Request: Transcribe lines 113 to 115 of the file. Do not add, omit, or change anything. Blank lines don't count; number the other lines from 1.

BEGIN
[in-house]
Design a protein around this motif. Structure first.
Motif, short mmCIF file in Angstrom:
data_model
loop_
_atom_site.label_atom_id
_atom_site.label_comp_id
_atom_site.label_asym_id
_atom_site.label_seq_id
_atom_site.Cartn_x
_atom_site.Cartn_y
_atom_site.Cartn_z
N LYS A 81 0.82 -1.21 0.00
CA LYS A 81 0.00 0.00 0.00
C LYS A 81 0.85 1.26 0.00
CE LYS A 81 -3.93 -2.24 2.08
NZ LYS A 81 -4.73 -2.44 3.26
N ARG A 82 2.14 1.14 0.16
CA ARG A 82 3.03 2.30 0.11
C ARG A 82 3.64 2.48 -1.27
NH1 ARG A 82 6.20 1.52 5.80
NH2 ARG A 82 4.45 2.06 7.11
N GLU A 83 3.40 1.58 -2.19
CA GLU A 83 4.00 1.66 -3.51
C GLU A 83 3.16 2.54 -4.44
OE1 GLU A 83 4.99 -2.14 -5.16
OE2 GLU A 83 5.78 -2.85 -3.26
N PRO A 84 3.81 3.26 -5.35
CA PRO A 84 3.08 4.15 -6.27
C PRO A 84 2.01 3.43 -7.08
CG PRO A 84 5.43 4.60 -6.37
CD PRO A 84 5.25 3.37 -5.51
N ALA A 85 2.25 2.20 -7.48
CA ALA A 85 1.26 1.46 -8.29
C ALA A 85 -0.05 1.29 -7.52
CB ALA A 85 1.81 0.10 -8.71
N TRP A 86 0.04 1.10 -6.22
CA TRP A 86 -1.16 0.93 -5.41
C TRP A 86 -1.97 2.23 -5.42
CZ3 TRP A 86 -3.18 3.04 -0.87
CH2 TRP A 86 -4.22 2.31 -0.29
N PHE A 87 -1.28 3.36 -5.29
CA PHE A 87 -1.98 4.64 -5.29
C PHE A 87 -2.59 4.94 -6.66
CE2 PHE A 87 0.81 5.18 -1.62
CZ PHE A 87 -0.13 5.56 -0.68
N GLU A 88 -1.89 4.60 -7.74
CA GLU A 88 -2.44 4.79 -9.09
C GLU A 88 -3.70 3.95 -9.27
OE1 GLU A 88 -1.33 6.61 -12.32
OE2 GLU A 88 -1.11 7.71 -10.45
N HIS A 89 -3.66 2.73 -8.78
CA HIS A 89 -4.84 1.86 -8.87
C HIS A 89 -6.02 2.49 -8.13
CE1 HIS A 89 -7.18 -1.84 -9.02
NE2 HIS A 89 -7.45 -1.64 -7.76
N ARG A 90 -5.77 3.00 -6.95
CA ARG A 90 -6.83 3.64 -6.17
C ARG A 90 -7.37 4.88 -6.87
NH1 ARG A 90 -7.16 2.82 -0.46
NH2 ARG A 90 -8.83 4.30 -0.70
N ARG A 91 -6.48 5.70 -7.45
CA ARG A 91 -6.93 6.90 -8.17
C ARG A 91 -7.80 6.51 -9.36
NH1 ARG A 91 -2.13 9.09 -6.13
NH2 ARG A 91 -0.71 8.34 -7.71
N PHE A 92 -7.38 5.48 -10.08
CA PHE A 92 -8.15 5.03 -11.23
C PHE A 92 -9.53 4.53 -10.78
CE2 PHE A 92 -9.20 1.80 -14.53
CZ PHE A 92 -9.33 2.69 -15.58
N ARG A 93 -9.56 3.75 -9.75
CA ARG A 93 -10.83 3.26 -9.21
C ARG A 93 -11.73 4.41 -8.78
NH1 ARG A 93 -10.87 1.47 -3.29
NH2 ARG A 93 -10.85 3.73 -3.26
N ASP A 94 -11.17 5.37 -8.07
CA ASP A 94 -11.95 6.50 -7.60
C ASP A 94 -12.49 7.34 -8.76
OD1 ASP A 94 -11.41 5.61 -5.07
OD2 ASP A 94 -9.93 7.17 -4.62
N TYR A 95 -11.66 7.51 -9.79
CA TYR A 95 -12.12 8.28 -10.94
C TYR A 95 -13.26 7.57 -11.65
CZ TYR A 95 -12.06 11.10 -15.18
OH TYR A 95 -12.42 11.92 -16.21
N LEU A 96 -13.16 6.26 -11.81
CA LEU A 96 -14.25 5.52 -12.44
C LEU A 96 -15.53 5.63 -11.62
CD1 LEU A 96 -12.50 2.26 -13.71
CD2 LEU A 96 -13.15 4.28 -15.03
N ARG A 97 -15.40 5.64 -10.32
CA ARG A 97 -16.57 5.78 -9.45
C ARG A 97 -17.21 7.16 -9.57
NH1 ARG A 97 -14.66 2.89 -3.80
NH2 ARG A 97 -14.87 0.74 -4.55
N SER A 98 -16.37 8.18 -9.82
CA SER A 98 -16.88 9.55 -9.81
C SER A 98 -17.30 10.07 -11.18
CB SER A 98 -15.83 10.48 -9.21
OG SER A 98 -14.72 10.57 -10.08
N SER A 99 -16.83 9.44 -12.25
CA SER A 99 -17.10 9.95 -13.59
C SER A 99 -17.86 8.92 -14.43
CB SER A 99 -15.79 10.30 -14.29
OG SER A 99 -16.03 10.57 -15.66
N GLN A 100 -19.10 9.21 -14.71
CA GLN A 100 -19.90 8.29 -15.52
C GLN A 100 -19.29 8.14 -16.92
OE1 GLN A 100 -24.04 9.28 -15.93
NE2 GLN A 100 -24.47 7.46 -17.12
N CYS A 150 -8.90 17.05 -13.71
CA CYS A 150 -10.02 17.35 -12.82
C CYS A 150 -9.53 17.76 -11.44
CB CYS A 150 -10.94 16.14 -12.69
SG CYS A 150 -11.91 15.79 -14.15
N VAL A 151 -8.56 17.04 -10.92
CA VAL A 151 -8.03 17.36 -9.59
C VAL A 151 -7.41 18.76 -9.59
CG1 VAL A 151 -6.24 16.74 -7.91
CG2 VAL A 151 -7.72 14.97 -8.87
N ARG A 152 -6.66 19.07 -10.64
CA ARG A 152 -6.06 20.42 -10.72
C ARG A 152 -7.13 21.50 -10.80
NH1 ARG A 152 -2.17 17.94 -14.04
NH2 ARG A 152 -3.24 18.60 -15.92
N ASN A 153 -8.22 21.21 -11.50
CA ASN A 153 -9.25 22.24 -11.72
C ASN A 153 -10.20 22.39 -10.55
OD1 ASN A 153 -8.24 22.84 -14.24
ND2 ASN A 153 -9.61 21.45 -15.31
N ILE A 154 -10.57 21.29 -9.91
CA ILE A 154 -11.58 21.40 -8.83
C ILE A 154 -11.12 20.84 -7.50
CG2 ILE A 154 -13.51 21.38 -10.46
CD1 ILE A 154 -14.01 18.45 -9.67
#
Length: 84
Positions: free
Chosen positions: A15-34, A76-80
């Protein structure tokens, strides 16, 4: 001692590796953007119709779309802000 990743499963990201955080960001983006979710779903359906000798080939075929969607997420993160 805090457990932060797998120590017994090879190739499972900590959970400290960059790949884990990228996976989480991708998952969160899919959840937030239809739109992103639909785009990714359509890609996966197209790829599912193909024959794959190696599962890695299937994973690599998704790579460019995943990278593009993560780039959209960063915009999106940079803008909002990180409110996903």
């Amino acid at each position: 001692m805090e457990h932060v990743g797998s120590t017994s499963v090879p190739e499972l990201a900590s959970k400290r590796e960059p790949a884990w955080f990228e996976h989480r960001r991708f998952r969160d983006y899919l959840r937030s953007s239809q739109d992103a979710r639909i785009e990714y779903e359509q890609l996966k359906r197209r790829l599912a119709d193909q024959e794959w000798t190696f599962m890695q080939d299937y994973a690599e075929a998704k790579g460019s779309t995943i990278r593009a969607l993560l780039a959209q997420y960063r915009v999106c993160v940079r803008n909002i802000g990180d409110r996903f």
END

CA CYS A 150 -10.02 17.35 -12.82
C CYS A 150 -9.53 17.76 -11.44
CB CYS A 150 -10.94 16.14 -12.69